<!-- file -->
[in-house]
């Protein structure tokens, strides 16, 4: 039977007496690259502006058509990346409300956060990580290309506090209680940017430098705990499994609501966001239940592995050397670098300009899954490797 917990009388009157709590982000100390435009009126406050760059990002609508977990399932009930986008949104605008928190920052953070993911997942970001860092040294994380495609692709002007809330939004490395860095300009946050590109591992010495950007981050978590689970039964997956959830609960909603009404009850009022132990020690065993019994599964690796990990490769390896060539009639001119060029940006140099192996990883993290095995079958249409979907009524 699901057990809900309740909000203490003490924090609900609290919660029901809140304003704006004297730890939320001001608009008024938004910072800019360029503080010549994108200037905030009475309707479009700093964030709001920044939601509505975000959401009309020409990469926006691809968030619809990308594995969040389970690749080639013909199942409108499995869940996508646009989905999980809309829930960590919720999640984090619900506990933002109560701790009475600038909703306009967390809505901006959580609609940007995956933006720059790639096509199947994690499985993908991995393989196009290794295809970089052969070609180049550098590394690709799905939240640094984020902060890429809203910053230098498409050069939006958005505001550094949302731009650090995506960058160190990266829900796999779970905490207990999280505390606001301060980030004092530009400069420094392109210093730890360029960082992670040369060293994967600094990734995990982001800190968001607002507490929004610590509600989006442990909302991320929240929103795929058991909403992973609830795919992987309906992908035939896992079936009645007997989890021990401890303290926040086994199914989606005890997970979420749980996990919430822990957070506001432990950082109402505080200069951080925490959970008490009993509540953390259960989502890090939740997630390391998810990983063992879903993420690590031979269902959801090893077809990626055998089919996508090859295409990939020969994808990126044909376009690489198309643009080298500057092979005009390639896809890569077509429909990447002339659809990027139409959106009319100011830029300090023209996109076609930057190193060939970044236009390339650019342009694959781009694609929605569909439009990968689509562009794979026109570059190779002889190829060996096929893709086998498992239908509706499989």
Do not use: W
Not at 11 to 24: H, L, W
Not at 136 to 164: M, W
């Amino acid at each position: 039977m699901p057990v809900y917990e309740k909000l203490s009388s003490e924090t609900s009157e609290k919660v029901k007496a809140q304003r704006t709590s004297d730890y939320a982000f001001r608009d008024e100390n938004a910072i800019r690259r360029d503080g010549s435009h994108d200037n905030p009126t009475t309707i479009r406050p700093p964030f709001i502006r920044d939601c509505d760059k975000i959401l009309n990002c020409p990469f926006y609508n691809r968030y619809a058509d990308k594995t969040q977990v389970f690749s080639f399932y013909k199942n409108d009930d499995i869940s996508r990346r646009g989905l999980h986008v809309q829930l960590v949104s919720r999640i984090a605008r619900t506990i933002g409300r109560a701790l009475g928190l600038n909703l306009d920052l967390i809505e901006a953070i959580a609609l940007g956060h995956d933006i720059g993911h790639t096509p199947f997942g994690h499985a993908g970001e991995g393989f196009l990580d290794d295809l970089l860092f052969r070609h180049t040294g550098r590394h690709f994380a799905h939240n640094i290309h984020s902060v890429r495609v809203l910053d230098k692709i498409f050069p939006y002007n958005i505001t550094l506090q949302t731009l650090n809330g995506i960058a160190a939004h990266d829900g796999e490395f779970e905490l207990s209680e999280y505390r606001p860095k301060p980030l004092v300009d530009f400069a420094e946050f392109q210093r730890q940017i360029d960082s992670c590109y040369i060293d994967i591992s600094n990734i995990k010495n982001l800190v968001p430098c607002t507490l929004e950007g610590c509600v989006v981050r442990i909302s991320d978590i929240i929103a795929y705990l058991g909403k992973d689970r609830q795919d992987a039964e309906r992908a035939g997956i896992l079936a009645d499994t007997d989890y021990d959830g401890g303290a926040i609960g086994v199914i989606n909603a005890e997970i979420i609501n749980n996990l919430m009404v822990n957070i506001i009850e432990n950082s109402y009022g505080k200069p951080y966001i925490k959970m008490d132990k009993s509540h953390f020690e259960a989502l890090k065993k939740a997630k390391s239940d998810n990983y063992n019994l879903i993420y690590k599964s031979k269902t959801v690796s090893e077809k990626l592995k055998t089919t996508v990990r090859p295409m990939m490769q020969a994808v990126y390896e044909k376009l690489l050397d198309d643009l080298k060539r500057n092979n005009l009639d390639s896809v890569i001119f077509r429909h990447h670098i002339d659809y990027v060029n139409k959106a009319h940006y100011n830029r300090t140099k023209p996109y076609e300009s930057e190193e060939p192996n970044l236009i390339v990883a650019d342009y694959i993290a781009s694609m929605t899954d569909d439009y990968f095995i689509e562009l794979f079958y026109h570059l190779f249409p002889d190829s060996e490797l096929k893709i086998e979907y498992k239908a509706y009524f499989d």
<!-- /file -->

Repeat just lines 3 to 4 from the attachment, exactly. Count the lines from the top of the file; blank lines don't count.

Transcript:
Do not use: W
Not at 11 to 24: H, L, W